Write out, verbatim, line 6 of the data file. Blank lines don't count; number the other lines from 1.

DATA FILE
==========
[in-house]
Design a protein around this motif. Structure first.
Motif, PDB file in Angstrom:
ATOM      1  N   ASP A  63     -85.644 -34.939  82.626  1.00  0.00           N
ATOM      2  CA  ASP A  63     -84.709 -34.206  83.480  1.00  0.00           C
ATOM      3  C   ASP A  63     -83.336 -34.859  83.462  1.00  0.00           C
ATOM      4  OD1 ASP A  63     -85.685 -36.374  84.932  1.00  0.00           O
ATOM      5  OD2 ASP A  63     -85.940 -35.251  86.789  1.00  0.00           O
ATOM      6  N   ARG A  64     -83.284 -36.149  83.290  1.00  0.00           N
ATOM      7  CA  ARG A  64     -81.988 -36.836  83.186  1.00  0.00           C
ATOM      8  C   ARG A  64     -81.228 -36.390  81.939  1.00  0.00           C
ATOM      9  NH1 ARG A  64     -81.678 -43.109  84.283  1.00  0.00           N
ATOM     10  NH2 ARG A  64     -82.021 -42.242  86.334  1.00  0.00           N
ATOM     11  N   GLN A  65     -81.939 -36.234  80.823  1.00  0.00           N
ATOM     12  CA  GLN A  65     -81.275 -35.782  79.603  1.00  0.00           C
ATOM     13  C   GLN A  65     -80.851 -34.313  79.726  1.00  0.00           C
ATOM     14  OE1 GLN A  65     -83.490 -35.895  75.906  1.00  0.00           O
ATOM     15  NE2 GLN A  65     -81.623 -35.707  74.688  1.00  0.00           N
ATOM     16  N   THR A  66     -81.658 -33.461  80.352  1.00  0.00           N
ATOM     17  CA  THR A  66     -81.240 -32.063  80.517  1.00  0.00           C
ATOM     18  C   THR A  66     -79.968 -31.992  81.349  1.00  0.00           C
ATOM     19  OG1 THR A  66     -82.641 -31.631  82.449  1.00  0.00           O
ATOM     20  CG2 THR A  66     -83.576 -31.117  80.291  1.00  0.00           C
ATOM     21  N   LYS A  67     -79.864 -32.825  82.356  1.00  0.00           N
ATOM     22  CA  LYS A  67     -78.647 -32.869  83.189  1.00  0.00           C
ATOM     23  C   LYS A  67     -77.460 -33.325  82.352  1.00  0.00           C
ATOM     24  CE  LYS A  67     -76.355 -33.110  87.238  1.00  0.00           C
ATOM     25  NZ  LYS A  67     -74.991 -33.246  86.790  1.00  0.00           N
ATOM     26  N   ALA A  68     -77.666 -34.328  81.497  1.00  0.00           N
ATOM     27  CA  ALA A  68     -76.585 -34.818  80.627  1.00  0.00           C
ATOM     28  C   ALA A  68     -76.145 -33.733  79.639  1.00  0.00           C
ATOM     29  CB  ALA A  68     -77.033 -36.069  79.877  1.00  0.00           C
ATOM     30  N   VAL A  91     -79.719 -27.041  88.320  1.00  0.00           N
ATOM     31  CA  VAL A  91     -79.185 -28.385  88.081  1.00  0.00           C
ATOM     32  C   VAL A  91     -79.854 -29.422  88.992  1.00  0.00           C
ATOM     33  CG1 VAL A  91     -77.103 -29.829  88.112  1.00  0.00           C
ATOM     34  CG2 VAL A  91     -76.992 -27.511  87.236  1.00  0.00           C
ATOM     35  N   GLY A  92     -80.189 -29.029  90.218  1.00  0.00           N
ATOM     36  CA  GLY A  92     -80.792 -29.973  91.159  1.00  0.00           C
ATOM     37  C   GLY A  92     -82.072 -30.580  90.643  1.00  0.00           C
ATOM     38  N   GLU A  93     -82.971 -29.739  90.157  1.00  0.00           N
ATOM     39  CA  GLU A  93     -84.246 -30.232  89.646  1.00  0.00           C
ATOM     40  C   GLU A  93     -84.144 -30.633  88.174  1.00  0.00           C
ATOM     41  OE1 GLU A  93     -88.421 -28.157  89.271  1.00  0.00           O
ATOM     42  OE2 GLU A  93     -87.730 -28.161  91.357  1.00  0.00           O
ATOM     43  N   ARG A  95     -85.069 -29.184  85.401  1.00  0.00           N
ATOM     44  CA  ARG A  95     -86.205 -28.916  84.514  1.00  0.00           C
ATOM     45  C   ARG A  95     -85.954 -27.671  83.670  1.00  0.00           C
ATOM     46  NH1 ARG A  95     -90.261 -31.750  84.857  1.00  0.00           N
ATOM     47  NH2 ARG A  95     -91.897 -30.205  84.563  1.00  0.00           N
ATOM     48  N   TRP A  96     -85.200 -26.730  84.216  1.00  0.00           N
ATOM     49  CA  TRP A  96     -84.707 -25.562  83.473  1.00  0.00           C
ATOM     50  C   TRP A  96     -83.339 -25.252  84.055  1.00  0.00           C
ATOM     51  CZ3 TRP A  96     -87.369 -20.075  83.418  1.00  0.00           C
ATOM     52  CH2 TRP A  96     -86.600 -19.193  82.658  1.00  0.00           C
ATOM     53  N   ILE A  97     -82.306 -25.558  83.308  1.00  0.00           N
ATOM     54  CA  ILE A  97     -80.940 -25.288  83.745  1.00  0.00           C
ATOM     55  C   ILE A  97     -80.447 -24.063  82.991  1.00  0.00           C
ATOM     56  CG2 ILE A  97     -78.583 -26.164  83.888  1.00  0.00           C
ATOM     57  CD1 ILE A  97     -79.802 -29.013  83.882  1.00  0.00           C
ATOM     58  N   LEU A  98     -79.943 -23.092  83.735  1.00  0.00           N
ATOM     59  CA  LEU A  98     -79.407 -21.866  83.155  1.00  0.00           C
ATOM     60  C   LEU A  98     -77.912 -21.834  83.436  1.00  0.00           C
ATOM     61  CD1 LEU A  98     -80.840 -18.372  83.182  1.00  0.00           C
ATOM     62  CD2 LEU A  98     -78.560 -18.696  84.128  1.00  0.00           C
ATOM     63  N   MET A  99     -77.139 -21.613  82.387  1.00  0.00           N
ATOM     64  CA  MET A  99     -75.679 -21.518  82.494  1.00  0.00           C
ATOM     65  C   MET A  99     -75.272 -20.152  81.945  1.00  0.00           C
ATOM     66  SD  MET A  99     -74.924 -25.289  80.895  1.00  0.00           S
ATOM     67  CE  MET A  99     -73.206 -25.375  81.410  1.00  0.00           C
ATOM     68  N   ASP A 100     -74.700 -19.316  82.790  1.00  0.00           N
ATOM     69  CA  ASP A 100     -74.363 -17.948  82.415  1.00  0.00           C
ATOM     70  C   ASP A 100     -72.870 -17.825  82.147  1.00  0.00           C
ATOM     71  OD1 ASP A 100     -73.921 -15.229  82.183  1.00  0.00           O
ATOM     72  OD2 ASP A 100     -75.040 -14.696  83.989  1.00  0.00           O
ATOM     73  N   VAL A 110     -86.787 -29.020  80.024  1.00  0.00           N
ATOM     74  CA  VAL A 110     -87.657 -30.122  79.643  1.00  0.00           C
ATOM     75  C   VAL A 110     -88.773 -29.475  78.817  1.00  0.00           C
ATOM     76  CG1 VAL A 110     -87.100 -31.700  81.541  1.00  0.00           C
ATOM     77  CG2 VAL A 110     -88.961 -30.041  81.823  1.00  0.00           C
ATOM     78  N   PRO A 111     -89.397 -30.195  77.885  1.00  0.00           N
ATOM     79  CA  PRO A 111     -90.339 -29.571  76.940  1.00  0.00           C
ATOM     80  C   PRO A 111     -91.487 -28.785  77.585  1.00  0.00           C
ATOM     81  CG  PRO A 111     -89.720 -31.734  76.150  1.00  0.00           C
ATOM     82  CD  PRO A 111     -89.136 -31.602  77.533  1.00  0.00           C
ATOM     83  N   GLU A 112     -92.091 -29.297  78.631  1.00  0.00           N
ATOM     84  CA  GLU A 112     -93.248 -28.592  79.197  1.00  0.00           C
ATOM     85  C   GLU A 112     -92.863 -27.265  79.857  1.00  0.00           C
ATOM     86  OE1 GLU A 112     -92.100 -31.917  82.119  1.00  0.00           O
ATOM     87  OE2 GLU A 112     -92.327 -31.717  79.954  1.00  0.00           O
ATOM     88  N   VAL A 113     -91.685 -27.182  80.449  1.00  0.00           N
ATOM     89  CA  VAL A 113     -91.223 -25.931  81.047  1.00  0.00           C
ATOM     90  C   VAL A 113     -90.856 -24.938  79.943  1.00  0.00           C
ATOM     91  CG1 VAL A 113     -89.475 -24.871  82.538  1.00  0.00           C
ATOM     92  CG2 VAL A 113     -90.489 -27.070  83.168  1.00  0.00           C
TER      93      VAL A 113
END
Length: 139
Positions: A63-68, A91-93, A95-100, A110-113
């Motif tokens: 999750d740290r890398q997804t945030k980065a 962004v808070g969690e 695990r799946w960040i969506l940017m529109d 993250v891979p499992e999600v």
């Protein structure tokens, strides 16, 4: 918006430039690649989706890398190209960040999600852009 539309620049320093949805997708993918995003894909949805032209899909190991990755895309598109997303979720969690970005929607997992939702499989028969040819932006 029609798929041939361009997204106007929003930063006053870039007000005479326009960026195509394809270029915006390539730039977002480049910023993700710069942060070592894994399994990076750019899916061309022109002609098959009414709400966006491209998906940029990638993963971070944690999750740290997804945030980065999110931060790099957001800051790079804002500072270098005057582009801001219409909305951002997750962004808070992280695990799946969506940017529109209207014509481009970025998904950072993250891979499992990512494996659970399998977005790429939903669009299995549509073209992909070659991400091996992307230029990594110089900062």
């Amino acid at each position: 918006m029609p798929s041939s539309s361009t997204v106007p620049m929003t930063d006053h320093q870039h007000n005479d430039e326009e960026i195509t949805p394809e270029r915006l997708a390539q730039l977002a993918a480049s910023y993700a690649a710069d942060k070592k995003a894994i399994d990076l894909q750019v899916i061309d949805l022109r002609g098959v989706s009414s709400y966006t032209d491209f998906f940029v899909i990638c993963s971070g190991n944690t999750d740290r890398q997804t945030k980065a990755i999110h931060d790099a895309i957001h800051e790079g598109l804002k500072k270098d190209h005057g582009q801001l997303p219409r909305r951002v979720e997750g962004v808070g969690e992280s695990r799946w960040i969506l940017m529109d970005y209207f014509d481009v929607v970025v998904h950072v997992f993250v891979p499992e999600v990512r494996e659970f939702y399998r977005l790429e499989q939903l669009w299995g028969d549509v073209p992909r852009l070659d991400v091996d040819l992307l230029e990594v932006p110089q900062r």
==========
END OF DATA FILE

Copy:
ATOM      3  C   ASP A  63     -83.336 -34.859  83.462  1.00  0.00           C